Former U.S. ambassador Shirley L. Abbott '52, OD '53 died April 23, 2013, of congestive heart failure. He was 88.
An optometrist by trade, Abbott also was a rancher, a politician and served as ambassador to the Kingdom of Lesotho under President Ronald Reagan’s administration. He also was a devoted alumnus of Pacific University, where, in 2003, his support established the Abbott Alumni Center. In 2007, he received the Pacific University Outstanding Alumni Achievement Award.
Abbott spent his early years on a tenant dairy farm in Minnesota before moving with his family to El Paso, Texas, where he graduated from high school. He attended what is now the University of Texas at El Paso but left to join the Army during World War II. Following the war, he earned his bachelor and doctorate degrees at Pacific University.
He returned to El Paso, where he was one of the first in the region to fit corneal contact lenses. His optometric practice became one of the largest in the city. In the late 1960s, he started an optical company that later became Sunland Optical, then the largest military optical contractor in the country. He also developed apartment housing and operated farms in New Mexico, Texas and California, as well as one in South Africa with his grandson, Jason. He also was director of several local banks.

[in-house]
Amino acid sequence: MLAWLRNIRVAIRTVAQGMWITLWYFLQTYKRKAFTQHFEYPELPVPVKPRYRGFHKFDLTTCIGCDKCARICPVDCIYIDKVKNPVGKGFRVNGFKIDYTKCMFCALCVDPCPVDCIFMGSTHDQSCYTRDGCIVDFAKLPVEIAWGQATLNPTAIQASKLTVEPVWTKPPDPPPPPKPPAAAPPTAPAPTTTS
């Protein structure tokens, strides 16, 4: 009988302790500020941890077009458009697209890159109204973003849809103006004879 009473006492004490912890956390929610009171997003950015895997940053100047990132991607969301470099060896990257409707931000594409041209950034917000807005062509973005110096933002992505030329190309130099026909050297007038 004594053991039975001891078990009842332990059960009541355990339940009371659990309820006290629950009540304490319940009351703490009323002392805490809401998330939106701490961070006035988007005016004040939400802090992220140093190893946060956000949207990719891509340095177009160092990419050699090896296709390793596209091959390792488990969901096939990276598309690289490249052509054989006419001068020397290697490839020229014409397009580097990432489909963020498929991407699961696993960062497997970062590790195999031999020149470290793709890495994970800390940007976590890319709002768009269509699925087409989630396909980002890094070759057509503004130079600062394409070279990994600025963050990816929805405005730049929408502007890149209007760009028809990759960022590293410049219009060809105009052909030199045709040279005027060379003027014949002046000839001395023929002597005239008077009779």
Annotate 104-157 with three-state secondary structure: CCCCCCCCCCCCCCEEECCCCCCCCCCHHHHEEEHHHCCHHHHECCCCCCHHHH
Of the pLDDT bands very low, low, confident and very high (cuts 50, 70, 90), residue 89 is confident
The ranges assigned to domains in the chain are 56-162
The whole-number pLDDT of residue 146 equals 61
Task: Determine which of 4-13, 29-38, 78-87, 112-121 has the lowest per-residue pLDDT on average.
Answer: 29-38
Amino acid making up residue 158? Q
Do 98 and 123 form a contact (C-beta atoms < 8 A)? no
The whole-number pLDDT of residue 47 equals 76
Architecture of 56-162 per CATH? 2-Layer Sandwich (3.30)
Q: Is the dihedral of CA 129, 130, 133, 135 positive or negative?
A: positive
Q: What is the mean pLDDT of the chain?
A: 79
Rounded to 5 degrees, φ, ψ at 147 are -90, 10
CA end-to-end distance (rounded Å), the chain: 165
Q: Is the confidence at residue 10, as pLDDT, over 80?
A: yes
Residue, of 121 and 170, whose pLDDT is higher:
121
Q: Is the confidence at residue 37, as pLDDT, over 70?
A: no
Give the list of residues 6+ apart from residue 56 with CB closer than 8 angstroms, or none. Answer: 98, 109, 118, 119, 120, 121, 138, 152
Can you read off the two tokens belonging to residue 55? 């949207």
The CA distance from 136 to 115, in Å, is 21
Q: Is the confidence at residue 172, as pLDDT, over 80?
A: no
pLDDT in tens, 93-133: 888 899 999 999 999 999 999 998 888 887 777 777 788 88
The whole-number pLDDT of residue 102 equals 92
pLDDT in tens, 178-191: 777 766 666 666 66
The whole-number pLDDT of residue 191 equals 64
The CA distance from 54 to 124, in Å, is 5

In the mid-1970s, he was appointed regional director of the Bi-Centennial Administration. He co-founded the Granaderos de Galvez, which honored the Spanish influence on the development of America. He also traveled to Spain several times as a guest of the Spanish government, was named Honorary Consul General of Spain for Texas and was granted The Order of Isabella La Catolica, the highest honor awarded to a non-Spanish citizen.
Abbott served in the Texas House of Representatives from 1977 to 1978. In 1983, President Reagan appointed him ambassador to the Kingdom of Lesotho, an independent monarchy in southern Africa.
In his later years, Abbott and his wife, Arline, divided their time between Texas and California. He was preceded in death by his wife. Abbott is survived by his son, Alan, a former member of the Pacific University Board of Trustees; his grandson, Jason; his granddaughter, Allison Kaelin ‘06; two great-grandchildren; and a brother, Bill.
Earl Frederick Why died April 21, 2013, at age 86. He attended the University of Oregon for a year before serving in the U.S. Army. He was in the Gamma Sigma Fraternity. He worked
for Southern Pacific Railroad in Coos Bay, Ore., for more than 30 years and also worked in the family store, Bert’s Cash Grocery. He is survived by his sister, Doris Lum, and brother, Dr. Bert Why ’60.
Everett J. Dickerman OD died March 27, 2013. He attended the University of Oregon for two years, then joined the Navy. He later joined the Marine Corps and was deployed to the South Pacific during World War II. At Pacific, he met Clara Vanderzanden ’51, whom he married in 1951, in Forest Grove. He was recalled to active duty during the Korean War, but then returned to Pacific and earned an optometry degree in 1955. He was in the Marine reserves for 26 years. He was the owner of Binyon Optometrists in Everett, Wash., until he retired at age 70. He is survived by his wife; son, David; daughters, Dale Johnson and Shirley Jo Dickerman; four grandchildren; and two great-grandchildren.